It's just so important to take care of the earth. It's the only place for us where we can just exist, where we have free beauty and where we can be calm – in nature, we can just be. The world is so demanding of people; it puts a lot of pressure on people to be perfect or to achieve big things. But nature just lets you exist. I think that's such an important emotion to experience and that's why I'm very passionate about the battle of saving Mother Earth for the future children.
It's been so fun to sing 'The Seed' and 'Apple Tree' live. I can feel the whole crowd feeling it with me; we all want to save the Earth and we all want to fight for something bigger than ourselves. I think it's natural for people to fight for something bigger than ourselves and it's so beautiful to see it happening. Especially young people, who are shouting loud enough for change. I think we're close to a big revolution.
'Apple Tree' is a lot about the individual. I believe so much in the power of every small human being. I think people can do really big things, especially if we stand together. All the people out there have so much potential to change things, and that's the whole idea behind 'Apple Tree' – believing that people can make a change and that you can make a change. It's about believing in all the tiny people who are actually very big. We can do big things.
You once said that the title track is something special and close to you.
It is so special to me. I think about death quite a lot. I'm not afraid of it and it doesn't make me sad. It's just interesting how it surrounds us all the time, but we still dare to care about each other and to fall in love, even though we know nothing is forever – it's such a beautiful thing. It's a promise that life gives us; we know that it will happen one day but we learn to live with it. Everyday, because we live everyday, we only die once.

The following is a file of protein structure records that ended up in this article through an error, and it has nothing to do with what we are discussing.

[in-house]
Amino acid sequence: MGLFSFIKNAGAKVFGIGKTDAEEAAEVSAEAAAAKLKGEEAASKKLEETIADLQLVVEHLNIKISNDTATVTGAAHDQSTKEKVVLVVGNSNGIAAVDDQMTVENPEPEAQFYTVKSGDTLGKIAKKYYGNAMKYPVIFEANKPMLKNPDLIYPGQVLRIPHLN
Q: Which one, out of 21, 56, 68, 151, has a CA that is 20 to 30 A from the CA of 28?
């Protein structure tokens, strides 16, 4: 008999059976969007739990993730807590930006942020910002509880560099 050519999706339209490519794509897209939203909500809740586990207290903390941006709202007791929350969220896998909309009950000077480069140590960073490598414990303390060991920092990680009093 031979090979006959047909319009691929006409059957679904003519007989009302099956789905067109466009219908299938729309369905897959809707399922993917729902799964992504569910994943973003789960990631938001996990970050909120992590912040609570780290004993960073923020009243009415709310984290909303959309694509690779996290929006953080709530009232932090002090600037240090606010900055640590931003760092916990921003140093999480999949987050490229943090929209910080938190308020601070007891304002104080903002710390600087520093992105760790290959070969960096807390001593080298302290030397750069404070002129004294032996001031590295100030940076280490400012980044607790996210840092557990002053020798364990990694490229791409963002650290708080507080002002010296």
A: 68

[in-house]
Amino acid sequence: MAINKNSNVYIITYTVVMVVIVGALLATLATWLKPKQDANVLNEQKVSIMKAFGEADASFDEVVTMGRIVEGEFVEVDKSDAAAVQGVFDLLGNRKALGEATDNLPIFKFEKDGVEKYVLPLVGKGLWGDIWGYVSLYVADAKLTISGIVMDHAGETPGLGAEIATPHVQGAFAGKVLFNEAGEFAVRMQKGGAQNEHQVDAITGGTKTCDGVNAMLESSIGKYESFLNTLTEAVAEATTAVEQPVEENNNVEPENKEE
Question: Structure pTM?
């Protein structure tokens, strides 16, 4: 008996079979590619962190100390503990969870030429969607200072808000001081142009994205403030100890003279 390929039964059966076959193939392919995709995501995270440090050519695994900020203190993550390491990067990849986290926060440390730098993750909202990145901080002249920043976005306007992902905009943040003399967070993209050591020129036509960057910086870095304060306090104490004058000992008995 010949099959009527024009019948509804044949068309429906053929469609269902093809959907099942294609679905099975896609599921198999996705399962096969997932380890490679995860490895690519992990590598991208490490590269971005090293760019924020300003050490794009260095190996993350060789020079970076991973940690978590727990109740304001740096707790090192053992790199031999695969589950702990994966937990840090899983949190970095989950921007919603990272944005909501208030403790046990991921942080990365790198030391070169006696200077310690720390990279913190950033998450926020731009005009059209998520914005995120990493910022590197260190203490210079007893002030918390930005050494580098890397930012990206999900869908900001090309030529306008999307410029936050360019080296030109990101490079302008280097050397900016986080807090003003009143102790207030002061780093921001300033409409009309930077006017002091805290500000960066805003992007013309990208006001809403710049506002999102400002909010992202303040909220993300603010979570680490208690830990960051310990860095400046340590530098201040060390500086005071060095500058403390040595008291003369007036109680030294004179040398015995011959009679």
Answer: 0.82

I really wanted to make a song to help people cope with death and to cope with losing people they love. That's why I wrote this song. I think it was my mum, who said to me when I was young, that it's always the good people that die and that the best people were just too good for the world. People commit suicide, which is a horrible, sad thing, but it happens everyday. It's almost like the world was too cruel for them and they were too good for this world.
That's why I wrote this song 'A Different Kind of Human', which is about these creatures that come to Earth to a dying human. And they say, "Don't be scared, we're going to take care of you. You'll be safe and we'll take you to this new home where you'll be with people as kind as yourself. You'll be happier at this safe place". I was hoping it could help people who have lost someone and convey that they're in a safe place.
Your music delves into different aspects of humanity and touches a lot on the state of our world today. Personally, are you more hopeful or pessimistic about the state of our world today, and are you ever apprehensive about revealing your views in your music?